(Quote) Kathy-635104 said: Sorry for the technical difficulties...the third times a charm, right?It was worth it...
(Quote) Kathy-635104 said:


Sorry for the technical difficulties...the third times a charm, right?

It was worth it to me, to know without a doubt, what I was getting into. I knew he had a temper. I tend to avoid conflict myself because I prefer harmony. (I'm typing this as both my kids are practicing their trumpets, so it feels a bit ironic, harmonically that is.) I think it is normal and healthy for a relationship to experience some conflict. Hopefully it is less common than the times where you are truly enjoying each other. Knowing your partner and seeing how they deal with those issues is very important. Are you going to work together to come to an agreement or is one of you going to shut down and pretend it never happened? By avoiding it purposefully, you are sort of cheating the other of a chance to show you who they are. I would much rather know what to expect before going into a marriage. But like anything, there are also those times you may not agree, but it isn't worth the battle. My advise is to not stifle too much or the littlest thing will cause a blowout. Emotions are healthy if expressed properly.

--hide--
Hi Kathy,

I don't think that there were any technical difficulties, but that you were testing whether I'd get angry. Well, Im really upset at this set-up. mischievous

Congratulations on possessing the wisdom that made you test a lot of things before marrying the man. Even though this kind of foresight is not one of the frequently mentioned qualities when aspects of desirability are discuss, I think that this trait of yours is a definite point of desirability that men should take into account.

I really appreciated these words, By avoiding it purposefully, you are sort of cheating the other of a chance to show you who they are.

Thanks.

John

Nov 23rd 2012 new

(Quote) Donna-871766 said:NO. However, I always felt free to, I just chose not to. I was all about making the other person ...
(Quote) Donna-871766 said:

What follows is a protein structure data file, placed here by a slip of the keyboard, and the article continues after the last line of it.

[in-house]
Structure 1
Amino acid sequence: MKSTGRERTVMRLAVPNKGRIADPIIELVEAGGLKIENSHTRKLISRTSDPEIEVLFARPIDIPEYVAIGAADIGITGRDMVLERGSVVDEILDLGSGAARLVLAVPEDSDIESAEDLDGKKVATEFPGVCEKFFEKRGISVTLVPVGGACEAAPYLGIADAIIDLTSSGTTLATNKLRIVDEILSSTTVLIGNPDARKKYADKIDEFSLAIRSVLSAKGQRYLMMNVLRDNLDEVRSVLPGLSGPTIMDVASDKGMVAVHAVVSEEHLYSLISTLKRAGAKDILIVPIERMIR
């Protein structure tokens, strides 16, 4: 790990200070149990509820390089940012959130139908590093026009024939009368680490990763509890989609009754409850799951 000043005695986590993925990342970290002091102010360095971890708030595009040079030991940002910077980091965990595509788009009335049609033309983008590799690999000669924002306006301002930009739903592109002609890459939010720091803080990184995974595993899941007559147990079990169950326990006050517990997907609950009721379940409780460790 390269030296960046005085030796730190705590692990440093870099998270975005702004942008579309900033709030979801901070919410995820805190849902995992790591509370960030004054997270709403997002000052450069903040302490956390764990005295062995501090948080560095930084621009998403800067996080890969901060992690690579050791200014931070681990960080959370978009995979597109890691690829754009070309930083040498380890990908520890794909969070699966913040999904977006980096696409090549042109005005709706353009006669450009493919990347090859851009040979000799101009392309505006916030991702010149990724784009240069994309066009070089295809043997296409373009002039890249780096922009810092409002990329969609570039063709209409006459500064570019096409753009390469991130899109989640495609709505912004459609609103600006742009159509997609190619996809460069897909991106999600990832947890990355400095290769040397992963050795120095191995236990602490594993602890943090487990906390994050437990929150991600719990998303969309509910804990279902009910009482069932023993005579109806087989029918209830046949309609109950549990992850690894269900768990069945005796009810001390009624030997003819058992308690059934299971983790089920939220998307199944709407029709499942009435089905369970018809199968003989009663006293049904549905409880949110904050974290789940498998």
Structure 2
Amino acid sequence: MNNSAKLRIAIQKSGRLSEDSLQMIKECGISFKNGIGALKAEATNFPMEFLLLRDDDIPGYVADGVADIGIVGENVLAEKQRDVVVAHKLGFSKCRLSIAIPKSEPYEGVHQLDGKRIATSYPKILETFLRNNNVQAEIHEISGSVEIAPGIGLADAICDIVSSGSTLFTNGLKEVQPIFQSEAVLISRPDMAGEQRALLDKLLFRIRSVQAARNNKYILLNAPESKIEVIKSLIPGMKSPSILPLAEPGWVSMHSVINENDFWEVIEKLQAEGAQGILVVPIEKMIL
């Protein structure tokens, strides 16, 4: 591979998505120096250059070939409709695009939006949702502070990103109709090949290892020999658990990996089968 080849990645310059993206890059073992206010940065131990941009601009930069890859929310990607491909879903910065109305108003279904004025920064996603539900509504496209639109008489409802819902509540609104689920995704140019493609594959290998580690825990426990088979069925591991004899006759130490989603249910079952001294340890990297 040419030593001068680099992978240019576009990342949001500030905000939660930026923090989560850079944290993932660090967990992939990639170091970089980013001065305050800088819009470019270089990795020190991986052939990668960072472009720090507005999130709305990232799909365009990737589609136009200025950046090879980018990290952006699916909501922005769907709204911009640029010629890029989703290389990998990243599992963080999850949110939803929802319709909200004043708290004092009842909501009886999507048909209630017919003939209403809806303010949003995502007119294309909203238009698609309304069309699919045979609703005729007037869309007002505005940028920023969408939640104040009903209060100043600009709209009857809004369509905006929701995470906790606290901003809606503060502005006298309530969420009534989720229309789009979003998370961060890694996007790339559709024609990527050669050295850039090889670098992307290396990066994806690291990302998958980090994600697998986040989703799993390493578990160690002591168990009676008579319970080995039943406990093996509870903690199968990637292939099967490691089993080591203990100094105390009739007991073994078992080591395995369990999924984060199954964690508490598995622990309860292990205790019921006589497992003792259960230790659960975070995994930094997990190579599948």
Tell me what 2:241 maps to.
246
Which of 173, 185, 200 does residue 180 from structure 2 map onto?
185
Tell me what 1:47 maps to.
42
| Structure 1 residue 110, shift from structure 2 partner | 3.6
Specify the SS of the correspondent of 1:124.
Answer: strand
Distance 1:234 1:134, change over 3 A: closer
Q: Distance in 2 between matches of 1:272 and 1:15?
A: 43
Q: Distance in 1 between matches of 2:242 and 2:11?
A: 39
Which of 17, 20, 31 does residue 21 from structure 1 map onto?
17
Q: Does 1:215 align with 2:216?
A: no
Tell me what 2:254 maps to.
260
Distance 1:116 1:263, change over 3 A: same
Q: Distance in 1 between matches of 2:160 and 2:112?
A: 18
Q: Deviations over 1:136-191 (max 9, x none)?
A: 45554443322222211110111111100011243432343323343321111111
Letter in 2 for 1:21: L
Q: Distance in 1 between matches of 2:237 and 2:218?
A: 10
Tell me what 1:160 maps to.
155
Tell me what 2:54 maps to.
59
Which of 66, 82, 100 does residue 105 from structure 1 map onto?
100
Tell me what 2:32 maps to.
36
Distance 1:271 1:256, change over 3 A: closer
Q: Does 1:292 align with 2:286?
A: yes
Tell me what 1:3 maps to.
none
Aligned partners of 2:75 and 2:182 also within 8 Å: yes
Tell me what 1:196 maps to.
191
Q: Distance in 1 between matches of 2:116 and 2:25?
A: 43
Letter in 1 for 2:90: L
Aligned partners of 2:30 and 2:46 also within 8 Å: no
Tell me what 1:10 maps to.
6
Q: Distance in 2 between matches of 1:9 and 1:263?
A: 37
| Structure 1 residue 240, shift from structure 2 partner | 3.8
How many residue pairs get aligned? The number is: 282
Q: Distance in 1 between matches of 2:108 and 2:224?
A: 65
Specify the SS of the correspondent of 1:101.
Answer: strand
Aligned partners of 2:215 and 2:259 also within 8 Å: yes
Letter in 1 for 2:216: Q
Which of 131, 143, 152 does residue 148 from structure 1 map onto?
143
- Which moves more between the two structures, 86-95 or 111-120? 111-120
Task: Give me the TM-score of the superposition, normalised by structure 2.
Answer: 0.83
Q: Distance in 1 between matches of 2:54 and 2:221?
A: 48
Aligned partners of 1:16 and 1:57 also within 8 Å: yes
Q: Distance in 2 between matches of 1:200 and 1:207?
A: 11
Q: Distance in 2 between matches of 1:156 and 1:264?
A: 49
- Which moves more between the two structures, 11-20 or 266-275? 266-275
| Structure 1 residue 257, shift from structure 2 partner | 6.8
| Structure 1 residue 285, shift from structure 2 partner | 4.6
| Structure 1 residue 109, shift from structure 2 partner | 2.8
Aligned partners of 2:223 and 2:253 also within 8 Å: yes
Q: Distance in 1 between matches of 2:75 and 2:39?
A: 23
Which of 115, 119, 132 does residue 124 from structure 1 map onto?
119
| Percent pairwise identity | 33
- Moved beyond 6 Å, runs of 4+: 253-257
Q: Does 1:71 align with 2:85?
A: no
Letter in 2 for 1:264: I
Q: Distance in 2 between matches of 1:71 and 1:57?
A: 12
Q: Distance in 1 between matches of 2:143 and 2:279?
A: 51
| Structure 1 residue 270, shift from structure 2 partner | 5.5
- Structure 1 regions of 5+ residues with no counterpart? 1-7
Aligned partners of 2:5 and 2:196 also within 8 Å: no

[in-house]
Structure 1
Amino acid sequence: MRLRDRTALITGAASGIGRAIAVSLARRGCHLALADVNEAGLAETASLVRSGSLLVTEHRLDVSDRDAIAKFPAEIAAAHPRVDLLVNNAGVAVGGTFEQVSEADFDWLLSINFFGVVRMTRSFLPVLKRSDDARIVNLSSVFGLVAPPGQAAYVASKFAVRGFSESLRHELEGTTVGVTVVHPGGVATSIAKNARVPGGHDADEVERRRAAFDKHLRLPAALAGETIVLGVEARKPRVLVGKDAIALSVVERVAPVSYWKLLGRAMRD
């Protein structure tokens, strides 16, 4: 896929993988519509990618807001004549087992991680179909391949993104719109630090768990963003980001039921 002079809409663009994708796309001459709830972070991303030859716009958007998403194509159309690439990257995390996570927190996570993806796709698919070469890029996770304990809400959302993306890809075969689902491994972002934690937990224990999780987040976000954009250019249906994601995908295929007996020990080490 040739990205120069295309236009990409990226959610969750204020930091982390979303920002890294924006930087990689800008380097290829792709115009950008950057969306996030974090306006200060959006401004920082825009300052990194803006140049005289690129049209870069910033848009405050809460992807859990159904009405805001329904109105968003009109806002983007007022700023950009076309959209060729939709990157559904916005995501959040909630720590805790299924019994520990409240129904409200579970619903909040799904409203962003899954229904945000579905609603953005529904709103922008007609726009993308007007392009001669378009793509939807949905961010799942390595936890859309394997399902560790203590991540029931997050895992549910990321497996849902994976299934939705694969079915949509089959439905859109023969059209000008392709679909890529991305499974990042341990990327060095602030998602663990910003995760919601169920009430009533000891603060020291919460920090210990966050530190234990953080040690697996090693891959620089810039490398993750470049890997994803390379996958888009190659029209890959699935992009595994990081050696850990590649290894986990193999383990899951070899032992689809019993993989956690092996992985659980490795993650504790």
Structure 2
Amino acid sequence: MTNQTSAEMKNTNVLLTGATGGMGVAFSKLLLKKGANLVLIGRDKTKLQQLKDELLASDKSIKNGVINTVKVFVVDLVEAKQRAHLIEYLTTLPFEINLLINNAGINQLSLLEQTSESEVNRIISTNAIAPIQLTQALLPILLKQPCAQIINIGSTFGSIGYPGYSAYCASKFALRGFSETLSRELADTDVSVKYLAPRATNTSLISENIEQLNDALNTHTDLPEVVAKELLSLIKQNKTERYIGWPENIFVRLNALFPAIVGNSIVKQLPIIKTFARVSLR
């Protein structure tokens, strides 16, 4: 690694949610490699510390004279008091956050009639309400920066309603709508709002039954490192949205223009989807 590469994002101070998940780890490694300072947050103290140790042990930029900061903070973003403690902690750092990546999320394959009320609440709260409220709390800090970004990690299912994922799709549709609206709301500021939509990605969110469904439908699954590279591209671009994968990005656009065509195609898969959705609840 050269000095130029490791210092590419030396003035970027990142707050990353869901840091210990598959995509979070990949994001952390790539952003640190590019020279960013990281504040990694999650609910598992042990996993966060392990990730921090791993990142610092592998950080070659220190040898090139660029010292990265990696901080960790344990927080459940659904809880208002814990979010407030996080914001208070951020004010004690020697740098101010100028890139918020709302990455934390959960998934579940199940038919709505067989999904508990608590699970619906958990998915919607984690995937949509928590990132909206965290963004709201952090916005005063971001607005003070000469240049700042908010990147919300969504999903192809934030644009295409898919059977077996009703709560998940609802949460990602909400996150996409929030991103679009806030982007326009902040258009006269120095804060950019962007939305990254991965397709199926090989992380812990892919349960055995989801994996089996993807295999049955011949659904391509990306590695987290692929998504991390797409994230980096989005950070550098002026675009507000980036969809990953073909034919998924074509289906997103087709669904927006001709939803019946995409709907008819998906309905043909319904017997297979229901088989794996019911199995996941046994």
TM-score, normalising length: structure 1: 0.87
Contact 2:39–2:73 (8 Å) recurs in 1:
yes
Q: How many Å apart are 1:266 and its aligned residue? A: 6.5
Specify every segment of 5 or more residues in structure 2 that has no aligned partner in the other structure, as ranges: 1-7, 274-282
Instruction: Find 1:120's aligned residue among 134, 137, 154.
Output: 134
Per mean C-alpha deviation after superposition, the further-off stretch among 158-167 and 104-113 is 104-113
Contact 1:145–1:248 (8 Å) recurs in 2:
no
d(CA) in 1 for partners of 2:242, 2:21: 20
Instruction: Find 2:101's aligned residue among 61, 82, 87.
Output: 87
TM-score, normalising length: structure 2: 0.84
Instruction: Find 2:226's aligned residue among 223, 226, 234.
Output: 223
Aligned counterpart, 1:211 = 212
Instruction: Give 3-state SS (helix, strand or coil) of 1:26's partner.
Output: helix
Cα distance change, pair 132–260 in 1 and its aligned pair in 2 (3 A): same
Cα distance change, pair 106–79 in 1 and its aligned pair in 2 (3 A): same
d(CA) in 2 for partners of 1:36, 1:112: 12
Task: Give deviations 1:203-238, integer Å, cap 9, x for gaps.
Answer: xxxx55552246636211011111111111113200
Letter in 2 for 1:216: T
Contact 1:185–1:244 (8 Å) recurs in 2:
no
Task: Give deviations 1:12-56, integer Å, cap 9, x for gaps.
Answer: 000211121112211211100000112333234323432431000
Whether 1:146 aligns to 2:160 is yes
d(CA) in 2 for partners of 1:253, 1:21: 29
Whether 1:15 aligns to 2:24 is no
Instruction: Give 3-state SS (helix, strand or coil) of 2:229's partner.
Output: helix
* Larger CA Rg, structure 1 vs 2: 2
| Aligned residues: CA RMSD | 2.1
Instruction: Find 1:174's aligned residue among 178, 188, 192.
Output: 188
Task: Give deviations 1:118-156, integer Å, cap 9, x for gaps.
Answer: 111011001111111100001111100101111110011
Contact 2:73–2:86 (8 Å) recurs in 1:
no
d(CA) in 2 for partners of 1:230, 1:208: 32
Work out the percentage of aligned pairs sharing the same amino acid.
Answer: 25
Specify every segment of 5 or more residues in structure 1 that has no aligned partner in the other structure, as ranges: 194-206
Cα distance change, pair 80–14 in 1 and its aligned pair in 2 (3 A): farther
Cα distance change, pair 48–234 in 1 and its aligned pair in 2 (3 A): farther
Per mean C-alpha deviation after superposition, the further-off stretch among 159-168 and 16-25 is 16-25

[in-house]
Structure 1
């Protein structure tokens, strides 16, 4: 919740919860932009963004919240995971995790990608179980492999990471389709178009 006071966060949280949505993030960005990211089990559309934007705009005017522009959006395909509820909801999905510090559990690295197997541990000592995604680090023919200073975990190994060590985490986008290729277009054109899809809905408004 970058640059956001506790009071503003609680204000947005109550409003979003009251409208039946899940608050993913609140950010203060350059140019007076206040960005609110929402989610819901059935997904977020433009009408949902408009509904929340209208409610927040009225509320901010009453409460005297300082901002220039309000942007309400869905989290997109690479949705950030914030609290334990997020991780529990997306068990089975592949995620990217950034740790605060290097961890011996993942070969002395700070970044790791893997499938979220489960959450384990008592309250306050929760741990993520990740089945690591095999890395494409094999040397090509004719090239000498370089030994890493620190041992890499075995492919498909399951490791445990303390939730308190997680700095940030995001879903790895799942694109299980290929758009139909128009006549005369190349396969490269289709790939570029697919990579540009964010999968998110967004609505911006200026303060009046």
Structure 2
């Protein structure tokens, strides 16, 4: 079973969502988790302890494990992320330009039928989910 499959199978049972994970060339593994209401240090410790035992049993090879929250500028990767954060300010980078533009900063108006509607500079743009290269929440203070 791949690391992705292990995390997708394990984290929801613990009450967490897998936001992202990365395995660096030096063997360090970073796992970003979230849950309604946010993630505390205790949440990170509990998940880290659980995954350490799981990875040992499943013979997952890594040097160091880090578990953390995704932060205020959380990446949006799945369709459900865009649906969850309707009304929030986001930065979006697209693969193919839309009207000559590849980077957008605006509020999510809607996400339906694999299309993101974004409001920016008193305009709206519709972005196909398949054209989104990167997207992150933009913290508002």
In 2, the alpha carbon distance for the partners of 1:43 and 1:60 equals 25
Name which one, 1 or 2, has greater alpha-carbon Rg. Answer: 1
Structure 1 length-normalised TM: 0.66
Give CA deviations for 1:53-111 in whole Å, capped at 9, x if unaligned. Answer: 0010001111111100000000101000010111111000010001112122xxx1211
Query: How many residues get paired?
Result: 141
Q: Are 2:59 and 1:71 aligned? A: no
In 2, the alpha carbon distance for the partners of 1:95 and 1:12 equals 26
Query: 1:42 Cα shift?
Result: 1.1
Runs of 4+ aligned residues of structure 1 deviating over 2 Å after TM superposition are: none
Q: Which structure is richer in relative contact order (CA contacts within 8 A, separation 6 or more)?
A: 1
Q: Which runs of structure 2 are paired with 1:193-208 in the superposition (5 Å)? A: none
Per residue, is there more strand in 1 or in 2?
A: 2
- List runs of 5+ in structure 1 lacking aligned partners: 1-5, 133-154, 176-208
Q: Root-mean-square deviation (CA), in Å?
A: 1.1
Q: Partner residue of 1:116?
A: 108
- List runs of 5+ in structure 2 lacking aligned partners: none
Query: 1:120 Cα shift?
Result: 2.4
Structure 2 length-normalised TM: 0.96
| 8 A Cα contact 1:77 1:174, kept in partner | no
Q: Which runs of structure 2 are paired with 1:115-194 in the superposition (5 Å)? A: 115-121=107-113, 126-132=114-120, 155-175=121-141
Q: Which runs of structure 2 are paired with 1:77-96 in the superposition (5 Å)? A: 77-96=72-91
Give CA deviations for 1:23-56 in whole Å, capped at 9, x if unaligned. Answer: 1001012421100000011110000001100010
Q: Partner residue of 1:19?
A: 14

NO. However, I always felt free to, I just chose not to. I was all about making the other person happy. Never did I realize I gave him a licence to make himself happy -- with other woman. Hummmm, should I have fought over who got the turkey wing and last spoon of cranberry sauce?

--hide--
I don't know about the turkey wing, but you should have drum-sticked him out of the house. scratchchin

Nov 23rd 2012 new

(Quote) Elizabeth-462557 said: (Quote) John-184825 said: The basic question here is whether the e...
(Quote) Elizabeth-462557 said:

[quote]John-184825 said:


The basic question here is whether the expression of unpleasant emotions such as anger, irritation and impatience is important, or at least very helpful, in maintaining any kind of romantic relationship including a marriage.

Rather than asking for answers in the usual form of opinions, I will ask a question whose answers will be evidence for or against the theory that says that feeling safe and free to express negative feelings in an appropriate way is very important factor in the maintenance of a romantic relationship.

The same question is posed both, on the one hand, to those whose marriages were unhappy and ended in divorce, and, on the other hand, to those whose marriages were happy and ended upon the loss of a spouse. The question is, "Did you express unpleasant emotions enough before the marriage so that you entered the marriage feeling free and safe about continuing to do that when needed by the situation?

Note that this is not an attempt to maneuver anyone into revealing private information which he wishes to remain concealed.

I wish not to irritate, but just to irrigate the flowers of love.

Wondering who'll believe that,

John

[/quo


In the beginning, what we found was that many disagreements were more about semantics than real differences. Fortunately, we were committed to working on what appeared to be differences, which meant some very disagreeable discussions the first year we were married. Of course, the making up didn't require much explanation.


Throughout the years, we were very open to each other's opinions and secure in who we were individually and as a couple, so we respected our different opinions. In the beginning we found that unpleasant emotions led to more unpleasant emotions. So, we worked on trying to respect each other enough to temper unpleasantness with understanding. It worked for us for 34 years and taught me that communication and respect can resolve just about any disagreement when the people involved really wish to resolve their differences.


And, no John, I do not believe you did not wish to irritate...but I was willing to play along.


- Elizabeth

--hide--
Elizabeth,

Thanks for being "willing to play along".

Your words, "many disagreements were more about semantics than real differences", make me try to imagine some instances of this kind of situation.

I liked that you wrote that you learned "that communication and respect can resolve just about any disagreement when the people involved really wish to resolve their differences."

Still plying along, mischievous shhh

John